Baby, It’s Hot Outside!
Happy August everyone! Here at The Storage Inn in Egg Harbor Township New Jersey, the temps are soaring along with the humidity. Our storage space customers, however, seem to be immune to this weather as they check in on their storage rental spaces, retrieving various Summer fun time items. Yesterday I noticed one of our storage tenants, Bob, outside his storage rental unit with giant black inner tubes over each shoulder and carrying a large cooler. “What are you up to?” I shouted from my golf cart. “We’re going tubing – If we don’t sweat to death first!” came Bob’s reply. “ Yep – Dog days of summer!” I yelled back.
Bob threw the inner tubes and the cooler in the back of his pickup truck and drove away, leading me to wonder if one really could sweat to death, and what the heck does the saying “Dog days of summer” actually mean? I decided to look into this matter and came up with a handful of Summer sayings that needed some clarification.
Dog Days of Summer
I always assumed that this saying referred to the weather being so hot that even the family dog did not want to move out of his resting spot. But, it turns out that the “dog days of summer” are the hot, sultry days of summer that coincide with the heliacal rising of the star Sirius (also known as the dog star) from late July to late August.
It’s hot enough to fry an egg on the sidewalk
Sure, the sidewalk gets hot, but it’s unlikely to cook the egg much, if at all. If you really want to fry an egg outside on a hot day,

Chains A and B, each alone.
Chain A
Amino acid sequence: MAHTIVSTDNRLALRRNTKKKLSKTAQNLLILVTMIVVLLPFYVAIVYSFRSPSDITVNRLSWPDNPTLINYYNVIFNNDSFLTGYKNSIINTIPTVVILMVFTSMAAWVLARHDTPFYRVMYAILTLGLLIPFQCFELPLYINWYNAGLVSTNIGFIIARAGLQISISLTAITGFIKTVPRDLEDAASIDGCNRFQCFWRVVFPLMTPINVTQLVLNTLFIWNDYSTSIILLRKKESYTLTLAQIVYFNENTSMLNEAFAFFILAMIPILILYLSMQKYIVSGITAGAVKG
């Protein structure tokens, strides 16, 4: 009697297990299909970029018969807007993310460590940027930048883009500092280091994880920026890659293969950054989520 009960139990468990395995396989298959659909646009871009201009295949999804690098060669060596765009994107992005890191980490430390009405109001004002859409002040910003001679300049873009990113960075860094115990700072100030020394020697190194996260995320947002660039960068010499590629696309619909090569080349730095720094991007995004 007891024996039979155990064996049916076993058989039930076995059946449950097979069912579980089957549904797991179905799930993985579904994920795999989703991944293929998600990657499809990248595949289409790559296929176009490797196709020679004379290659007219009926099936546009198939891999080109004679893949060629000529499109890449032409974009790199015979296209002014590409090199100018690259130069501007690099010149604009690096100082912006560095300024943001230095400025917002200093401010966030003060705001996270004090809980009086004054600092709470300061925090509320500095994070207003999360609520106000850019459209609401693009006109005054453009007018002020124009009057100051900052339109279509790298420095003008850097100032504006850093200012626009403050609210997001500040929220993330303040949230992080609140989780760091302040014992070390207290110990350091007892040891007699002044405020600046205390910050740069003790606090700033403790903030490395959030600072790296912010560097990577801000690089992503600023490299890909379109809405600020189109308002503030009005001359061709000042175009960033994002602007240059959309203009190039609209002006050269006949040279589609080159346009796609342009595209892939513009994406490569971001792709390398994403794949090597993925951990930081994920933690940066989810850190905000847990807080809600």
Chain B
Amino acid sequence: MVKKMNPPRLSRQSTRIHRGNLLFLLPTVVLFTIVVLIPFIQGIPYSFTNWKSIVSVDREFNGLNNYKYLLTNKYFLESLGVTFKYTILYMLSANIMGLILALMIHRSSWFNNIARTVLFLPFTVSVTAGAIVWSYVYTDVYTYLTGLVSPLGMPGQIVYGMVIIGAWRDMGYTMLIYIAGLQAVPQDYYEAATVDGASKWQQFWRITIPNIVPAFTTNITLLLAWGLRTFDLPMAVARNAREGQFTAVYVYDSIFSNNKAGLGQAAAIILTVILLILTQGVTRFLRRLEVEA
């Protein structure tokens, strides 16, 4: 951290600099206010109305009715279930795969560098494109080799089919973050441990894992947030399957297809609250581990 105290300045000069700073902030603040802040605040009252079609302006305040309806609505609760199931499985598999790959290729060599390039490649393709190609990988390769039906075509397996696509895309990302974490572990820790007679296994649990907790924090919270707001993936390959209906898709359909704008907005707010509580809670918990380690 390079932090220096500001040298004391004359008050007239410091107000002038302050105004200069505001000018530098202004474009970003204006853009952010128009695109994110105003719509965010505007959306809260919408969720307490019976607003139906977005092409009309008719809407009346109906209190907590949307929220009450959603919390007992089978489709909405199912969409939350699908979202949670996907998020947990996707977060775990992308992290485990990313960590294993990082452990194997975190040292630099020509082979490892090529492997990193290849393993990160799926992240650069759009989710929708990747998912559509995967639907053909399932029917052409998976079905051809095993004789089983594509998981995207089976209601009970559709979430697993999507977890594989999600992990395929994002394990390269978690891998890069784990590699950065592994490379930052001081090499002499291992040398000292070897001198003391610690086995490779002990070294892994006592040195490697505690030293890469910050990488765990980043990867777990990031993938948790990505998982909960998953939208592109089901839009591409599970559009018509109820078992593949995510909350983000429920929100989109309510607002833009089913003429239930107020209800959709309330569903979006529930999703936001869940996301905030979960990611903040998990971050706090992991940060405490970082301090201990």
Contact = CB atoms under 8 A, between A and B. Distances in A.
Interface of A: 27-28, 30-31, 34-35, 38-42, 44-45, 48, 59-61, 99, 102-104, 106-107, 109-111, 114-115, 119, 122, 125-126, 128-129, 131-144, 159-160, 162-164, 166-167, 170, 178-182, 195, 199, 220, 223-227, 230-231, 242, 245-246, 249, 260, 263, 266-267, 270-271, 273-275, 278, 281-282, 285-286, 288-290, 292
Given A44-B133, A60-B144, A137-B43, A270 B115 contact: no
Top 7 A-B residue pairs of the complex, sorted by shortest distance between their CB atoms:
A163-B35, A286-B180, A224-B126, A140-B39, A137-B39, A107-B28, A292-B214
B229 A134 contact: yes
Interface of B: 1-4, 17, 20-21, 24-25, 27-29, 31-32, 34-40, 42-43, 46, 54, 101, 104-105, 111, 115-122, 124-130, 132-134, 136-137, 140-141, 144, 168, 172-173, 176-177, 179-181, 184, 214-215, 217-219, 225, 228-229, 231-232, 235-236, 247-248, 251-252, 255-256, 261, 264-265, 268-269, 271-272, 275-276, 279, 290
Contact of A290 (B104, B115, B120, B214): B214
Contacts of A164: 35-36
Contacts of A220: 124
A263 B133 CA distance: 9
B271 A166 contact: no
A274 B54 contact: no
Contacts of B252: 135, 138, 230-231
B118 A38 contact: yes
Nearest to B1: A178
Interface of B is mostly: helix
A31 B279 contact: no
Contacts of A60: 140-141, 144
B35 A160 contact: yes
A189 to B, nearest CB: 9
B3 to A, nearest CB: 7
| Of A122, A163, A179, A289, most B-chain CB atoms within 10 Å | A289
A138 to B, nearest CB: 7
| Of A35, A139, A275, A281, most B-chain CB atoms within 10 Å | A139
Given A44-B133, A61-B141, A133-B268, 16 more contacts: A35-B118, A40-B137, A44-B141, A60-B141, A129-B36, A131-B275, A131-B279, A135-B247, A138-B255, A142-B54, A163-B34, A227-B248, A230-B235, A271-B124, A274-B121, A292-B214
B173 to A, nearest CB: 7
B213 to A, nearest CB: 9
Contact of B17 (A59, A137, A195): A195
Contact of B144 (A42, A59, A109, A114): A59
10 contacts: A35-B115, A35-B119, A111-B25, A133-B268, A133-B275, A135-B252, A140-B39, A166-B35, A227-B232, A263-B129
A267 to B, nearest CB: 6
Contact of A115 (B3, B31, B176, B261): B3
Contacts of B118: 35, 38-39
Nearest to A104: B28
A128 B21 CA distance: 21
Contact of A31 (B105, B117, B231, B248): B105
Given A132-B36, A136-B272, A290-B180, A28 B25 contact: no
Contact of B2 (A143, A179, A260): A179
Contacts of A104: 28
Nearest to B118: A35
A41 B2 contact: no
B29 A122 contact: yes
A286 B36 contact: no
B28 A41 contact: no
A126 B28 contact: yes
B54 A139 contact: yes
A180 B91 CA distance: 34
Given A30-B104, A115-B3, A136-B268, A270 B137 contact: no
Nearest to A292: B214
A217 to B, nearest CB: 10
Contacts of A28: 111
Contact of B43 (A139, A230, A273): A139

you might have better luck with the hood of a car. Metal conducts heat better and gets much hotter.
Have a hot drink to cool you down?
On a scorching summer day, you’re probably more likely to grab an iced coffee than a steaming cup of joe. But a study has shown that drinking a hot beverage on a hot day actually can cool you down. Consuming a hot drink does add heat to your body, but that heat actually increases the rate at which you sweat, which can help cool you off. The sweat has to evaporate in order for you to feel cooler, so, if you’re wearing shorts and a t-shirt, hot coffee might actually cool you off more than a glass of ice-cold coffee.
It’s not the heat, it’s the humidity
There’s a reason for the adage: It’s not the heat, it’s the humidity. “It’s really the dew point that is the measure of how humans feel outside,” according to Carlie Buccola, a meteorologist at the National Weather Service. When the dew point or humidity is high, that means the air is already saturated with moisture and your sweat has a harder time evaporating. So, it’s really both – heat without humidity can be bearable, as can a cool day with some moisture in the air.
I’m sweating to death!
Is it possible to sweat to death? Literally no. Sort of yes. The cause of death in every single human death is exactly the same. Lack of oxygen to the brain. Sweating is fluid being taken from your blood, and pushed out of your skin to cool you off when your body feels like its core temp is too high. Your body will lose the ability to sweat after your fluid level reaches a certain point, and your kidneys have gone into refiltration mode. (kidneys stop filtering urine down, and hold on to excess fluid in a desperate attempt to save your life) So no – it’s not possible to sweat to death. And even if you could, the cause of death would still be lack of blood to the brain.
So, there you have it, some interesting facts about summer sayings courtesy of The Storage Inn. As for me, I’m going to fix myself a nice big cup of hot coffee before I sweat to death!